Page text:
North Korea demands US pay for comatose student's medical bill

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On Thursday, the Washington Post revealed that North Korea billed the United States $2 million for the care of Otto Warmbier, the hostage who died shortly after he was returned in June 2017.

Fred and Cindy Warmbier, Otto's parents, sued North Korea over their son's death and were awarded $500 million by a USA judge.

Yun, accompanied by an emergency medicine doctor Michael Flueckiger flew to Pyongyang.

While the majority of Americans detained by North Korea have been released in relatively good condition, Warmbier, a student at the University of Virginia, died in June previous year shortly after he was flown home comatose after 17 months in captivity. North Korean officials asked him to examine Warmbier and write a report about his findings.

Warmbier was accused of stealing a sign from the hotel where he and fellow students had been staying in the capital, and was sentenced to 15 years' hard labour. Some are sniggering that President Trump reportedly OK'd the signature, as if he should have left the hostage to rot.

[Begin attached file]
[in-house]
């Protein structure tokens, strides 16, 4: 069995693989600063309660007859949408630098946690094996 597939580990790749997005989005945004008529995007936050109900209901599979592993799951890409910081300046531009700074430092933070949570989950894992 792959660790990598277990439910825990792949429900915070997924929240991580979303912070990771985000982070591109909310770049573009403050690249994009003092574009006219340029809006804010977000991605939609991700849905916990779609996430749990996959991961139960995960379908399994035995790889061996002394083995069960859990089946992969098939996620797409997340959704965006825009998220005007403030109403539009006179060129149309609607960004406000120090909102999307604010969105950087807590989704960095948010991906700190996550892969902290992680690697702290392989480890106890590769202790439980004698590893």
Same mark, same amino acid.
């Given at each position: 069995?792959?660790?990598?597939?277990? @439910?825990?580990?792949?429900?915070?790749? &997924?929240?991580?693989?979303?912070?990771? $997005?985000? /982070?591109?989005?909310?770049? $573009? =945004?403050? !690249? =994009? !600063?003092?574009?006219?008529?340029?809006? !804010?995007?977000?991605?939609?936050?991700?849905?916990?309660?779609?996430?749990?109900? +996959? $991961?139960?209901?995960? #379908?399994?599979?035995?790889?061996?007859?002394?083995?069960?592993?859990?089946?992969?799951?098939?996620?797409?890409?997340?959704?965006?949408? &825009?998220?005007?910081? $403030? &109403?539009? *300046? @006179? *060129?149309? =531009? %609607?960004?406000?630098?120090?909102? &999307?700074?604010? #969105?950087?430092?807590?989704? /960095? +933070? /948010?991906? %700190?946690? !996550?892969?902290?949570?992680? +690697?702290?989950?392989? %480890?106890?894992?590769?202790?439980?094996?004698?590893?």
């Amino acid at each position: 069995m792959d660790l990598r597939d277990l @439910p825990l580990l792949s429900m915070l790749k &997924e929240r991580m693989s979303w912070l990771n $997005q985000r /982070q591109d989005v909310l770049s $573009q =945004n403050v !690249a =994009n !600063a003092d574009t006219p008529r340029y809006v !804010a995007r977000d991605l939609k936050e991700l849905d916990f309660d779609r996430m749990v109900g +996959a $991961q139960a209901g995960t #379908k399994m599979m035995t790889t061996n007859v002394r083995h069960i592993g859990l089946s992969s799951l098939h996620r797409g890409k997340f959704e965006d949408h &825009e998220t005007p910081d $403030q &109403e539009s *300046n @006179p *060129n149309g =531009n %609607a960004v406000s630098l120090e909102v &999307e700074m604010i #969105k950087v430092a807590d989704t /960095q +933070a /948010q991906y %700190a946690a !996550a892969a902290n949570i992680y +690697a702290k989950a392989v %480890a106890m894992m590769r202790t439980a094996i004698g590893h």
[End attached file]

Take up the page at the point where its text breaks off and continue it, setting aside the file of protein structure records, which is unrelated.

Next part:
"Yes, my orders were completely: Do whatever you can to get Otto back", he told CNN. "I haven't paid them ten cents".

"The Western Wall was a truly incredible experience for me", he said.

Trump said later he held North Korea responsible for the young man's death.

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During the interview, Kinzinger said he doesn't think Trump paid the bill and "there's every indication he didn't".

"North Korea owed a debt to the Warmbier family for how they terribly mistreated their son and there were so many ways Otto was mistreated", he said.

Warmbier tragically passed away only days after his return, with what medical professionals could only speculate was a severe brain condition.

American student Otto Warmbier, center, is escorted at the Supreme Court in Pyongyang, North Korea, on March 16, 2016.

"They murdered him and the US isn't going to pay a ransom for that".

"I will take him at his word", Trump said.

The former official noted that the acceptance of the bill happened under Secretary of State Rex Tillerson, who was keen on opening up a dialogue with North Korea. In the end, he was released without paying any of it.

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